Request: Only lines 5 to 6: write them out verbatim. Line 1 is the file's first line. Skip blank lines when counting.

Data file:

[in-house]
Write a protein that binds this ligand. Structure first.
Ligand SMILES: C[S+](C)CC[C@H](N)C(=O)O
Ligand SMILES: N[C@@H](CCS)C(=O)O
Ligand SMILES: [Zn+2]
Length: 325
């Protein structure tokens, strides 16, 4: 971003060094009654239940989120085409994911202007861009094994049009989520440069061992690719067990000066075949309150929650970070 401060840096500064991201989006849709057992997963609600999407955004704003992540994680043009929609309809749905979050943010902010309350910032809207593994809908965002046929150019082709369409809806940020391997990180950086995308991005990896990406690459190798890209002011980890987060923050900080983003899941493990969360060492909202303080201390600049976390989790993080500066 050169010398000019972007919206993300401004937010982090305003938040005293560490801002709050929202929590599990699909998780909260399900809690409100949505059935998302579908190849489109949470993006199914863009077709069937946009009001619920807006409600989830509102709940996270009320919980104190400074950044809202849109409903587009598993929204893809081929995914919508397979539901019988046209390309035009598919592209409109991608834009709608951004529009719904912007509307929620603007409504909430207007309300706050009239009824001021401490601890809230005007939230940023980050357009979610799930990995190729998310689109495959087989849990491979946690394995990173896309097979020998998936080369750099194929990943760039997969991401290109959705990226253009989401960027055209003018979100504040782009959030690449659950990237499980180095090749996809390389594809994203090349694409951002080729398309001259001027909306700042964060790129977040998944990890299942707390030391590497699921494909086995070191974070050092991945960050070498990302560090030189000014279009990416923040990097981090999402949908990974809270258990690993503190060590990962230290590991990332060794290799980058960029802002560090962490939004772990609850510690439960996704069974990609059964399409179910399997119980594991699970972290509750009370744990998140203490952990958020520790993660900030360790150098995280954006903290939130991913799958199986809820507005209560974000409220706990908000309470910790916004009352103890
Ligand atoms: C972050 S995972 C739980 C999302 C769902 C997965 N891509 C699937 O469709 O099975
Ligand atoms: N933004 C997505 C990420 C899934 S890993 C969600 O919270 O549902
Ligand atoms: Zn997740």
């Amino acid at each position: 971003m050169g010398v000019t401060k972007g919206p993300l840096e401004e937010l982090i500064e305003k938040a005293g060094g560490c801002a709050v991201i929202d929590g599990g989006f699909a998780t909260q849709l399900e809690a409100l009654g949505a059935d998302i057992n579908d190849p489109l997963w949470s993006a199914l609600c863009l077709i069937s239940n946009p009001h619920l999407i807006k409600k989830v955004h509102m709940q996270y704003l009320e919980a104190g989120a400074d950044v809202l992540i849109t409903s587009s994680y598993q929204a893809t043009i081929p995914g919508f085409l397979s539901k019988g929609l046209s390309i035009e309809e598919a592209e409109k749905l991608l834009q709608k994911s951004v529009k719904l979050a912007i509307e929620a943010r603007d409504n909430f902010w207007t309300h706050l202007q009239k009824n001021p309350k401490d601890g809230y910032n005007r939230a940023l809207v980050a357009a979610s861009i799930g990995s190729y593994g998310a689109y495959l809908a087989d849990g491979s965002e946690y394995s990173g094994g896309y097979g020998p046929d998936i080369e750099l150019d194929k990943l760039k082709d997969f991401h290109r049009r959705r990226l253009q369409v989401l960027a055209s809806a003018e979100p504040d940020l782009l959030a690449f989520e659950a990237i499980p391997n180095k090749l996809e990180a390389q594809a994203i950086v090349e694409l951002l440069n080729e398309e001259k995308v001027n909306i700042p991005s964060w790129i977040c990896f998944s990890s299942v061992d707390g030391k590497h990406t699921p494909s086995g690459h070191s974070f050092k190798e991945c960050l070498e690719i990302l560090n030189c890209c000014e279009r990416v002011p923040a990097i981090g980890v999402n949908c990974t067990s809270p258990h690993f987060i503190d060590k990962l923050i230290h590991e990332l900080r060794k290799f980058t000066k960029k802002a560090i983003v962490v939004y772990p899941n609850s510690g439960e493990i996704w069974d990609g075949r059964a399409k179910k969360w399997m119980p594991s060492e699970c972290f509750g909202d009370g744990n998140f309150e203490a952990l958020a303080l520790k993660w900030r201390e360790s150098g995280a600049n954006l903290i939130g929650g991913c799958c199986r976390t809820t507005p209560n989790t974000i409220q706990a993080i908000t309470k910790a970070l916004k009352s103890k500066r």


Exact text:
Ligand SMILES: [Zn+2]
Length: 325